Jesus told her,
“I am the resurrection and the life;
whoever believes in me, even if he dies, will live,
and everyone who lives and believes in me will never die.
Do you believe this?”
She said to him,
“Yes, Lord. I have come to believe that you are the Messiah,
the Son of God,
the one who is coming into the world.”
When she had said this,
she went and called her sister Mary secretly, saying,
“The teacher is here and is asking for you.”
As soon as she heard this, she rose quickly and went to him.
For Jesus had not yet come into the village,
but was still where Martha had met him.
So when the Jews who were with her in the house comforting her saw Mary get up quickly and go out, they followed her, presuming that she was going to the tomb to weep there. When Mary came to where Jesus was and saw him, she fell at his feet and said to him,
“Lord, if you had been here, my brother would not have died.”
When Jesus saw her weeping and the Jews who had come with her weeping, he became perturbed and deeply troubled, and said,
“Where have you laid him?”
They said to him,
“Sir, come and see.”
And Jesus wept.
So the Jews said, “See how he loved him.”
But some of them said,
“Could not the one who opened the eyes of the blind man have done something so that this man would not have died?”
So Jesus, perturbed again, came to the tomb.
It was a cave, and a stone lay across it.
“Take away the stone.”
Martha, the dead man’s sister, said to him,
“Lord, by now there will be a stench; he has been dead for four days.”
Jesus said to her,
“Did I not tell you that if you believe you will see the glory of God?”
So they took away the stone.
And Jesus raised his eyes and said,
“Father, I thank you for hearing me.
I know that you always hear me;
but because of the crowd here I have said this,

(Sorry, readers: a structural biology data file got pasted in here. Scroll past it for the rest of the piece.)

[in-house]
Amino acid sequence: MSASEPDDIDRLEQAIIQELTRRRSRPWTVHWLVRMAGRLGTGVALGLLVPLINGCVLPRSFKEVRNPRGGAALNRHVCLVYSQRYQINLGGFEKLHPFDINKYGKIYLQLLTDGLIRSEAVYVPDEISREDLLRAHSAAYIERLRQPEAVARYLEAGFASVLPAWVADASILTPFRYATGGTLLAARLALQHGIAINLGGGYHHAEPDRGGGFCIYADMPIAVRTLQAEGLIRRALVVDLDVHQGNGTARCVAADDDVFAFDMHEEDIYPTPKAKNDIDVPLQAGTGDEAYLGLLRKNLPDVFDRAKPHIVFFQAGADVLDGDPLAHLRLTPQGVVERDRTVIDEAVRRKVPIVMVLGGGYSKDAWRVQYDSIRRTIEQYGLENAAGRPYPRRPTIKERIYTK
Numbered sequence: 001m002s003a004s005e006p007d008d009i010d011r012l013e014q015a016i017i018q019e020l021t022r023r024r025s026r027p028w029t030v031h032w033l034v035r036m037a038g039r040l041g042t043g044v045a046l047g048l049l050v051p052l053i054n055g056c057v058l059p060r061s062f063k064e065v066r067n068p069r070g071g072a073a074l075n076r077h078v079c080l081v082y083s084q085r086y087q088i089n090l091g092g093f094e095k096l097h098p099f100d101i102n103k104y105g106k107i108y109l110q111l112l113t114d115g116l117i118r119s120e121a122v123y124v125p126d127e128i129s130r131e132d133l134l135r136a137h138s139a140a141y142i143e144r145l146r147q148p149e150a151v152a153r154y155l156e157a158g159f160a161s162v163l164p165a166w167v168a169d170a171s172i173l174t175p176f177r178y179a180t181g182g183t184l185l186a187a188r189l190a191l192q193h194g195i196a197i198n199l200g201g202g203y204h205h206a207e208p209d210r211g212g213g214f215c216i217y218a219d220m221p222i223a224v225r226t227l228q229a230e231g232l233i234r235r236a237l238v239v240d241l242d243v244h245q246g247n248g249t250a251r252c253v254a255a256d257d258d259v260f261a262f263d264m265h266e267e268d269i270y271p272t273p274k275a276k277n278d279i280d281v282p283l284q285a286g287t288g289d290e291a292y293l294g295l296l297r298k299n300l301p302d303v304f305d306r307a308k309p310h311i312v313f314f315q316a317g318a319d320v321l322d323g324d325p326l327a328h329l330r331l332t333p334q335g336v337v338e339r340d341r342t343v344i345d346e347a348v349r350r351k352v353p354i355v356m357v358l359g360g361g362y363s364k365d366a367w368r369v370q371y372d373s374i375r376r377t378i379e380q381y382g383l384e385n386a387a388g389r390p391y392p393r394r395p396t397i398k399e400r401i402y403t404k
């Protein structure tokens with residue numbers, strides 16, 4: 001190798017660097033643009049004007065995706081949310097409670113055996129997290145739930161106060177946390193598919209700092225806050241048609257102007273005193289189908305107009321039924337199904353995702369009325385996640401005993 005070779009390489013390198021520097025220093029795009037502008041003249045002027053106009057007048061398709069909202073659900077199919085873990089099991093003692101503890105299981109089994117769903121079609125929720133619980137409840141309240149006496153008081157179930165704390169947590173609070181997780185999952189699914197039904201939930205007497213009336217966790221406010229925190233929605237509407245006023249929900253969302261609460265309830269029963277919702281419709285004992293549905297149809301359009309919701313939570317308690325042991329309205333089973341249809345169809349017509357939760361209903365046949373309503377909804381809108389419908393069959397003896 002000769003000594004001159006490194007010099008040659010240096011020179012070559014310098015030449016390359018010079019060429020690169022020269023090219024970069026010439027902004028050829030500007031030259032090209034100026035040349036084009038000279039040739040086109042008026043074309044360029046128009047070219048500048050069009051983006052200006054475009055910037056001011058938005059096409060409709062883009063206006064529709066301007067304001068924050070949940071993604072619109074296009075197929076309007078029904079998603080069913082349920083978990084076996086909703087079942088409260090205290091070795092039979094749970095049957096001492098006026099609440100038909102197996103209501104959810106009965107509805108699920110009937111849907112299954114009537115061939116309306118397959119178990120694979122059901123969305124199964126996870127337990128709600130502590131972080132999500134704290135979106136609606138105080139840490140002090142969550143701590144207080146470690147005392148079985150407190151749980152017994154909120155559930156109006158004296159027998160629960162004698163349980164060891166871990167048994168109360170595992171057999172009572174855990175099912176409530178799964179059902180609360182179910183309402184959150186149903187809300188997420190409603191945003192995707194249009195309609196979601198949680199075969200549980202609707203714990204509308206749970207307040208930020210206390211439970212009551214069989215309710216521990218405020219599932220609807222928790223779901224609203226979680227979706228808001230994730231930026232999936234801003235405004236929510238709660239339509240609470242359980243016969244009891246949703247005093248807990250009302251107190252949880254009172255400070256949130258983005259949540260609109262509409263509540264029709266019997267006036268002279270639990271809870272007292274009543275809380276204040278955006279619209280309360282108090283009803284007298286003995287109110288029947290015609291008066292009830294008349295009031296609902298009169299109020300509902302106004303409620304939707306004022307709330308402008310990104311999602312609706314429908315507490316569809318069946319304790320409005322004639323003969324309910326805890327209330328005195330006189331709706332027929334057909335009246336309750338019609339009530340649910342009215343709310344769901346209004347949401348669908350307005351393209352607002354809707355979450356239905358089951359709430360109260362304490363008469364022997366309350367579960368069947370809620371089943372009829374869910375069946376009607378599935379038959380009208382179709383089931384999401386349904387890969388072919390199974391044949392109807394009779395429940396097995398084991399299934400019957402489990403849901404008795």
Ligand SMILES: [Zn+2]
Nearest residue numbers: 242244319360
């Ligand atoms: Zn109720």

that they may believe that you sent me.”
And when he had said this,
he cried out in a loud voice,
“Lazarus, come out!”
The dead man came out, tied hand and foot with burial bands, and his face was wrapped in a cloth. So Jesus said to them,
“Untie him and let him go.”
Now many of the Jews who had come to Mary and seen what he had done began to believe in him. But some of them went to the Pharisees and told them what Jesus had done. So the chief priests and the Pharisees convened the Sanhedrin and said,
“What are we going to do?
This man is performing many signs.
If we leave him alone, all will believe in him,
and the Romans will come and take away both our land and our nation.”
But one of them, Caiaphas, who was high priest that year, said to them,
“You know nothing,
nor do you consider that it is better for you that one man should die instead of the people, so that the whole nation may not perish.”
He did not say this on his own,
but since he was high priest for that year,
he prophesied that Jesus was going to die for the nation, and not only for the nation,
but also to gather into one the dispersed children of God.
So from that day on they planned to kill him. So Jesus no longer walked about in public among the Jews, but he left for the region near the desert, to a town called Ephraim, and there he remained with his disciples.
Now the Passover of the Jews was near, and many went up from the country toJerusalembefore Passover to purify themselves. They looked for Jesus and said to one another as they were in the temple area,
“What do you think? That he will not come to the feast?”
For the chief priests and the Pharisees had given orders that if anyone knew where he was, he should inform them, so that they might arrest him.
John Chapter 12
Six days before Passover Jesus came toBethany, where Lazarus was, whom Jesus had raised from the dead. They gave a dinner for him there, and Martha served, while Lazarus was one of those reclining at table with him.
Mary took a liter of costly perfumed oil made from genuine aromatic nard and anointed the feet of Jesus and dried them with her hair; the house was filled with the fragrance of the oil.
Then Judas the Iscariot, one (of) his disciples, and the one who would betray him, said,
“Why was this oil not sold for three hundred days’ wages and given to the poor?”
He said this not because he cared about the poor but because he was a thief and held the money bag and used to steal the contributions.
So Jesus said,